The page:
University challenges future leaders to embrace social responsibility
Night after night we watched as the devastating effects of the oil spill in the Gulf of Mexico unfolded on our television screens, impacting on wildlife, the environment and the economy. Another year on, and much of Europe is still reeling from the trail of devastation left by the credit crunch and subsequent recession, with many arguing that the root of the crisis was that business leaders were more focused on short term profit than their social responsibilities.
In our very Scottish way, we can all be rather cynical when we hear politicians such as David Cameron talking about “the Big Society” but, deep down, perhaps we all sense that if individuals, communities and business changed their attitudes and actions, we would be in a much better position to achieve and sustain a healthier, more productive world. How, though, can we ensure that the businesses and organisations of the future are going to be successful, profitable and forward thinking while also remaining responsible and ethical?
Queen Margaret University, an organisation which has always adhered to a philosophy of improving quality of life, is combining its commitment to social enterprise and belief in social responsibility with its expertise in business management. A team of enterprise and management academics has developed a new Masters level degree aimed at challenging our future business leaders. The MSc in International Management and Leadership aims to ensure that organisational leaders of tomorrow have the awareness and skills to effect positive change – to lead successful enterprises which are aware of their impact on society and the wider global horizons of business. It’s designed to be a cutting edge course which prepares graduates in subjects other than business for a management and leadership career in an increasingly globalised and interconnected world.
One unique aspect of the course is the removal of the traditional dissertation. Instead, students will be expected to apply their business skills and knowledge to positive effect with a charity or other voluntary sector organisation, therefore developing practical skills and identifying real world solutions.
Craig Cathcart, Programme Leader of the MSc in International Management and Leadership at Queen Margaret University, explained: “It’s easy to appear as an effective manager when you’re a cog in a large machine, with access to plenty of staff, budget and resources, and when you are working within a solid infrastructure. But can people cut it in an organisation with very limited resources? Will these managers be able to make a positive difference when the motive is people and not profit? That’s the challenge!”
The introduction of the Community Impact and Practice module will see students designing, implementing and leading a community based project.
Craig continued: “Many people will be surprised by the sheer scale of the voluntary sector. Scotland alone has 45,000 voluntary organisations, employing 137,000 people. We want to see our students – from whatever background - really proving themselves in a very challenging environment, and this course will encourage people to operate outwith their comfort zone.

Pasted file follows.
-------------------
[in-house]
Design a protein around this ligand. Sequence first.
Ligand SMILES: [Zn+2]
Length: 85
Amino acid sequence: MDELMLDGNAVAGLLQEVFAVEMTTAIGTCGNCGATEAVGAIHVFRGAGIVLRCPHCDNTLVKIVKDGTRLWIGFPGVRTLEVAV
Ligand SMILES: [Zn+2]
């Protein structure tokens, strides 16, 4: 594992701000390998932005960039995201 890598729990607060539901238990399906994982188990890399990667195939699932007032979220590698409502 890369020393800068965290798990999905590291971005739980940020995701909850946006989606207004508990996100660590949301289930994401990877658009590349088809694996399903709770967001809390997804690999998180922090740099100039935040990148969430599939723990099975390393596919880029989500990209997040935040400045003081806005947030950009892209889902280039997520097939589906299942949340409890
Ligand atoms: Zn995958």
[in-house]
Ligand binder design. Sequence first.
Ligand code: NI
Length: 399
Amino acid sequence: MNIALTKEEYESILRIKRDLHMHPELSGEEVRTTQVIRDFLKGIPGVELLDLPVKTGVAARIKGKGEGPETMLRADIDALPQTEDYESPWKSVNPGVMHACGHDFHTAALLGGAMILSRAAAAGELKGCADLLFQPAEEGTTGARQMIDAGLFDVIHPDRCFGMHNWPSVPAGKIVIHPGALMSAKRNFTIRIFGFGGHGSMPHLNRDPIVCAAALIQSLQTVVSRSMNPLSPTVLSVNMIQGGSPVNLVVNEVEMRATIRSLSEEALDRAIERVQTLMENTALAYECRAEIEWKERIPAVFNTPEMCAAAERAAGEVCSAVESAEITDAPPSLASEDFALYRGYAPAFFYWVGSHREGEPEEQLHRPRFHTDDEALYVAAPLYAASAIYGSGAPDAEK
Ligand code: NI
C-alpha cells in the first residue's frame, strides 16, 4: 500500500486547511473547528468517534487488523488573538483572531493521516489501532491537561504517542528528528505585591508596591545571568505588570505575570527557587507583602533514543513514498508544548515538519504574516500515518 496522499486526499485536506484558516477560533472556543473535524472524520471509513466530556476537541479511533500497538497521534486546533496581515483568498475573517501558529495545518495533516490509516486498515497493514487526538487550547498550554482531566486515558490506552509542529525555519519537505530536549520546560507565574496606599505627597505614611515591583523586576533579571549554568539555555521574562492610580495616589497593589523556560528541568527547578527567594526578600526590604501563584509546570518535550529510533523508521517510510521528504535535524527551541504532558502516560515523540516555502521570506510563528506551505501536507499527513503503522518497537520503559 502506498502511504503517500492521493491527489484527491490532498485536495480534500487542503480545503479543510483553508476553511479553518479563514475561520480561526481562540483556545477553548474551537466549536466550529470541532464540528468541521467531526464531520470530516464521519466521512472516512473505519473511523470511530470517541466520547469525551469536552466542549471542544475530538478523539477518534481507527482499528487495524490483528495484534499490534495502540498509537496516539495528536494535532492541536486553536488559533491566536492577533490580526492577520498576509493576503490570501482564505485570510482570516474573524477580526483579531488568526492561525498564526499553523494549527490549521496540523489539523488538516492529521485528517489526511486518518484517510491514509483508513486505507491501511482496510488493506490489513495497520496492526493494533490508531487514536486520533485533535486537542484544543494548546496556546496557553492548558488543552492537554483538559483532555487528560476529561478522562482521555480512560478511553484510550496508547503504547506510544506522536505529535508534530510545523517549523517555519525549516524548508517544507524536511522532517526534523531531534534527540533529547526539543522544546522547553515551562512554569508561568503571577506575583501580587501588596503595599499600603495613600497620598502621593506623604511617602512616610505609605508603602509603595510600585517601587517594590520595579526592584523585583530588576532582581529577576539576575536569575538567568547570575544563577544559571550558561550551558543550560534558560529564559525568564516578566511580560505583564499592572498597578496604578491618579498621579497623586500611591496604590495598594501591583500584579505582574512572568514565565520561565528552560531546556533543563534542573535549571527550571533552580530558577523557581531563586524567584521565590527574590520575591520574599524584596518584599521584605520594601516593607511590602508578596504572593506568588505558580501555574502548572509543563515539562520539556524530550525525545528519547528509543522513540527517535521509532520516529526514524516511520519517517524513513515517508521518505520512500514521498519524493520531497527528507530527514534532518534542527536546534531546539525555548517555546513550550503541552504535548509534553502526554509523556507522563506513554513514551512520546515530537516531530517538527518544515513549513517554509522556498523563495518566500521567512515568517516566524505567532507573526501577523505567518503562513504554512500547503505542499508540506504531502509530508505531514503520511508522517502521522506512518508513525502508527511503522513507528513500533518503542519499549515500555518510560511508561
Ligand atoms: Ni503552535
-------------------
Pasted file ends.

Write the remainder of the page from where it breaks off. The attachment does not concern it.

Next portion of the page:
“It’s a win win situation. At a crucial time for our economy, the voluntary sector organisations will benefit from the extra support and skills provided by the course’s developing managers and leaders, while at the same time, our students will be upskilling and embracing new challenges.”
However, Craig is careful to point out that it’s not about organic Rolodexes or pedal powered lap tops – great ideas though they both may be. He explained: “We are coming at this from a pro business perspective, but we believe that the businesses which are sustainable are the ones which recognise their wider social responsibilities. In partnership with voluntary sector organisations we aim to make that connection – that there is such a thing as society, and businesses are a vital part of it.”
He is convinced that graduates of this course – whatever their background or career destination - will be uniquely equipped to manage and lead in an increasingly complex and dynamic international business environment. However, he also believes that the course will not only expand awareness of social corporate responsibilities; it will also help people recognise the career opportunities that exist for skilled individuals within the increasingly diverse voluntary sector.
Craig Cathcart concluded: “This new Masters course offers future business leaders the opportunity to make a real difference in organisations. Hopefully, whatever the student’s career destination - whether they work in a charity, big business, or go self-employed – this course will provide them with a much clearer idea of social responsibility and how this impacts on the wider picture, as well as giving them a solid all-round business education.”
For further information about this MSc in International Management and Leadership visit www.qmu.ac.uk or call QMU Admissions on 0131 474 0000.
For further media information about this course please contact Craig Cathcart or Richard Bent on E: email@example.com or tel: 0131 474 0000 or mob: 07966 791964 (Craig Cathcart)